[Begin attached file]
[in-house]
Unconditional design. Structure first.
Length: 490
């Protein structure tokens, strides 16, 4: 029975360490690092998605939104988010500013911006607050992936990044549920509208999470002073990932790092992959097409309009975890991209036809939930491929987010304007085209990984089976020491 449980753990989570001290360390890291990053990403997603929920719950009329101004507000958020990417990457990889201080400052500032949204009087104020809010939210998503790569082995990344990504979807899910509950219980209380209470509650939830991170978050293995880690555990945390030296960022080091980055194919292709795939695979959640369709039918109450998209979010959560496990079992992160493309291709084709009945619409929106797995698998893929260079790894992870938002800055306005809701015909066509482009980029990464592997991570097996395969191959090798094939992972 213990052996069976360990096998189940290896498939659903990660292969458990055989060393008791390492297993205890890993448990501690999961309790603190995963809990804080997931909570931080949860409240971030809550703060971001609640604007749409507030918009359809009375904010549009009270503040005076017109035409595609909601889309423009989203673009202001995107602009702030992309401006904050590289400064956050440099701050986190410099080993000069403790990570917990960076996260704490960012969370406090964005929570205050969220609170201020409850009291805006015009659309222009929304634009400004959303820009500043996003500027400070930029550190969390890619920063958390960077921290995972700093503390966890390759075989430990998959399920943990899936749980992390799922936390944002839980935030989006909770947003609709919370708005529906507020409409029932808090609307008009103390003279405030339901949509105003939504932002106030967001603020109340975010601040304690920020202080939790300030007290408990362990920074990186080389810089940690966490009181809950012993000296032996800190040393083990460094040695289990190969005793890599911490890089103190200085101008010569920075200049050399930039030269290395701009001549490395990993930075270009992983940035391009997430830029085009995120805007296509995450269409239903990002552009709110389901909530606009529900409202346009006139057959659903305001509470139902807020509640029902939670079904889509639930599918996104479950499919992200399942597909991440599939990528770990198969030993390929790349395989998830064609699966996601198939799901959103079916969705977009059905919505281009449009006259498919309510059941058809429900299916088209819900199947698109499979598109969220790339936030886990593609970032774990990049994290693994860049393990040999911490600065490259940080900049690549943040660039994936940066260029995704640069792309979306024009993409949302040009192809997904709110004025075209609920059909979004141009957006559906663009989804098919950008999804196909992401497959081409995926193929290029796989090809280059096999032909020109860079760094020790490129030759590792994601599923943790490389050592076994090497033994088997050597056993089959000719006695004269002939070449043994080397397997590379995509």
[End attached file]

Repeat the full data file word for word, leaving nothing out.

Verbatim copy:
[in-house]
Unconditional design. Structure first.
Length: 490
């Protein structure tokens, strides 16, 4: 029975360490690092998605939104988010500013911006607050992936990044549920509208999470002073990932790092992959097409309009975890991209036809939930491929987010304007085209990984089976020491 449980753990989570001290360390890291990053990403997603929920719950009329101004507000958020990417990457990889201080400052500032949204009087104020809010939210998503790569082995990344990504979807899910509950219980209380209470509650939830991170978050293995880690555990945390030296960022080091980055194919292709795939695979959640369709039918109450998209979010959560496990079992992160493309291709084709009945619409929106797995698998893929260079790894992870938002800055306005809701015909066509482009980029990464592997991570097996395969191959090798094939992972 213990052996069976360990096998189940290896498939659903990660292969458990055989060393008791390492297993205890890993448990501690999961309790603190995963809990804080997931909570931080949860409240971030809550703060971001609640604007749409507030918009359809009375904010549009009270503040005076017109035409595609909601889309423009989203673009202001995107602009702030992309401006904050590289400064956050440099701050986190410099080993000069403790990570917990960076996260704490960012969370406090964005929570205050969220609170201020409850009291805006015009659309222009929304634009400004959303820009500043996003500027400070930029550190969390890619920063958390960077921290995972700093503390966890390759075989430990998959399920943990899936749980992390799922936390944002839980935030989006909770947003609709919370708005529906507020409409029932808090609307008009103390003279405030339901949509105003939504932002106030967001603020109340975010601040304690920020202080939790300030007290408990362990920074990186080389810089940690966490009181809950012993000296032996800190040393083990460094040695289990190969005793890599911490890089103190200085101008010569920075200049050399930039030269290395701009001549490395990993930075270009992983940035391009997430830029085009995120805007296509995450269409239903990002552009709110389901909530606009529900409202346009006139057959659903305001509470139902807020509640029902939670079904889509639930599918996104479950499919992200399942597909991440599939990528770990198969030993390929790349395989998830064609699966996601198939799901959103079916969705977009059905919505281009449009006259498919309510059941058809429900299916088209819900199947698109499979598109969220790339936030886990593609970032774990990049994290693994860049393990040999911490600065490259940080900049690549943040660039994936940066260029995704640069792309979306024009993409949302040009192809997904709110004025075209609920059909979004141009957006559906663009989804098919950008999804196909992401497959081409995926193929290029796989090809280059096999032909020109860079760094020790490129030759590792994601599923943790490389050592076994090497033994088997050597056993089959000719006695004269002939070449043994080397397997590379995509």